Graham Norton has started to get a bit Wogan on the votes commentary.

Serbia - off the shoulder dress compensated for by hair over the same shoulder.

12 to Montenegro.

So far, Austria, France, Germany and Poland all on zero. Bad days for big Europe.

Estonia vanishes before they can give their scores. Maybe Putin thought they wouldn't give 12 to Russia, and pulled the line?

Denmark are wearing a market leather jacket. 12 to Sweden.

Switzerland are dressed for a space wedding.12 to Sweden.

Belguim are a David Walliams tribute act. 12 to Sweden.

All this love for Sweden isn't helping best Russia.

France are immaculately turned out. 12 to Belgium.

Clearly the dropped ones are being pushed to the end.

Armenia are dressed like it was dark when they got ready, and too far from laundry day. 12 to Russia.

Ireland give us a grudging point. That's two grudging points. Strong votes for Sweden & Russia, so the homophobes in Ireland pulled something back. Their 12 to Latvia.

Sweden give 12 to Australia. Perhaps for a joke.

Germany have clearly broken off a bitter divorce to be here tonight.

She just called Conchita half a lady, which was... let's say misjudged, shall we?

12 to Russia.

Ooh, Australia are about to vote. Sternly.

You'll note we don't even get a grudging one from them. 12 to Sweden.

We're half way through. Looks like Russia might win this. And ElectroVelvet are dead in the water.

They're still convinced the news will be on at 11.35. Good luck with that, BBC One.

Czech Republic. Ooh, that's the first dress I'd happily wear. But I bet it leaves a pile of shit behind when you sit down.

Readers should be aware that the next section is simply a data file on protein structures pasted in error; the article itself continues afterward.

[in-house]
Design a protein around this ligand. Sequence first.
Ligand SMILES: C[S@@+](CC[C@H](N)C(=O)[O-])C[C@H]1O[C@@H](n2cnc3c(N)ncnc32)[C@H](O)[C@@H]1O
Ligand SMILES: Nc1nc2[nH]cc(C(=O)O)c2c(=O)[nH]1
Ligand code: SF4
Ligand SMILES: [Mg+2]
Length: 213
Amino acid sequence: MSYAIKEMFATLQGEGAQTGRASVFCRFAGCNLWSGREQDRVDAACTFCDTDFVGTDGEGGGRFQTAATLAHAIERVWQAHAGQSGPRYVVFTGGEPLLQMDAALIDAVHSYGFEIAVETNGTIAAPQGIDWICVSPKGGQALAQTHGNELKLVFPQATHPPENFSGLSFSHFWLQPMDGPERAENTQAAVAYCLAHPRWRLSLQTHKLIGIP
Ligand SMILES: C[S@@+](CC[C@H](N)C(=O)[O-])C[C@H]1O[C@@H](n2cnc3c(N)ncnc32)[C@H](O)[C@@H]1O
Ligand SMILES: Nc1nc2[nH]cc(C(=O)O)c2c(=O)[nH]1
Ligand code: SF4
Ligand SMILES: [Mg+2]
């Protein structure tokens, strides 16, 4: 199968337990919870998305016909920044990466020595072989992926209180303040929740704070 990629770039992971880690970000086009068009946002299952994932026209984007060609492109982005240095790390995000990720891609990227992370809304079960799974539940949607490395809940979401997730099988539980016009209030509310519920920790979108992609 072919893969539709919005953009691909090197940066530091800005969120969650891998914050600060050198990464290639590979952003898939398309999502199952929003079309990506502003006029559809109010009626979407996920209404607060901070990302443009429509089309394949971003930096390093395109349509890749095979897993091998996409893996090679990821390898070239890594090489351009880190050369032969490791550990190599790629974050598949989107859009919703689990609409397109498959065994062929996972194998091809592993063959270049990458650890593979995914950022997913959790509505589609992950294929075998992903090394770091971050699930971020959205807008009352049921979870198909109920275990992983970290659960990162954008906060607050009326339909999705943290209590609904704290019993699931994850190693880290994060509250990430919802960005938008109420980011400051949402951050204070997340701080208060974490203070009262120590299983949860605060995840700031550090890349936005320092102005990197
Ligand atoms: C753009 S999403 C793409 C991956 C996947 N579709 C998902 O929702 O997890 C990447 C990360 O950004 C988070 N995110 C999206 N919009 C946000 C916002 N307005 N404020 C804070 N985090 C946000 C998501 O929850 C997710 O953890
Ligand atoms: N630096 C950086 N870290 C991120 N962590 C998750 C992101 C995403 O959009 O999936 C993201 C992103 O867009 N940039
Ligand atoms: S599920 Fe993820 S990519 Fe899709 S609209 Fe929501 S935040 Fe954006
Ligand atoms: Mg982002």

12 to Azerbaijan.

Spain pad their part somewhat. 12 to Italy.

Austria are dressed like a vice president of mermaids. 12 to Australia.

Macedonia look like they'd pretend to forget their wallet if you went on a date with them.

12 to Albania.

UK still on 2; Germany and Austria on zero.

Slovenia praise the event for making dreams come true. They play their part by giving 12 to Sweden.

The hall now chanting for Sweden - which is odd to see a homophobic singer being given support to avoid having to go a homophobic nation.

Hungary have their entire GDP round their neck. 12 to Belgium.

Now, it's Nigella. She won't pad her part. Although she does have Zoom-Zoom on her breast.
12 to Sweden.

Blimey, we've taken Sweden back to the top.

Georgia, coming straight off the set of Blakes Seven, and then vanishes.

Lithuania dressed like a cheap choc-ice. 12 to Latvia.

Netherlands better not move too much or there'll be an incident. 12 to Belgium.

Poland have, erm, flowers on their hair. 12 to Sweden.

10 more results to go. (Unclear if that includes the ones we've had to skip).

Israel are dressed like your Dad. 12 to Italy. Which is what your Dad would have done.

Russia's bloke is trying to not look evil. The joke about giving 12 to Russia goes down like a Soviet tank in an independent state. Actually goes to Italy.

San Marino give three to ElectroVelvet - more than the rest of Europe put together. Their 12 to Latvia.

Sweden are pulling clear ahead.

Italy have stolen your watch. 12 to Sweden.

We've been watching this so long the Sky Box started to go into sleep mode.

Iceland's 12 to Sweden makes them almost untouchable.

Cyprus have their scores being done by someone who did the news on NBC in the 1970s. Probably wearing the same jacket. 12 to Italy.

Sweden have won. They've called it.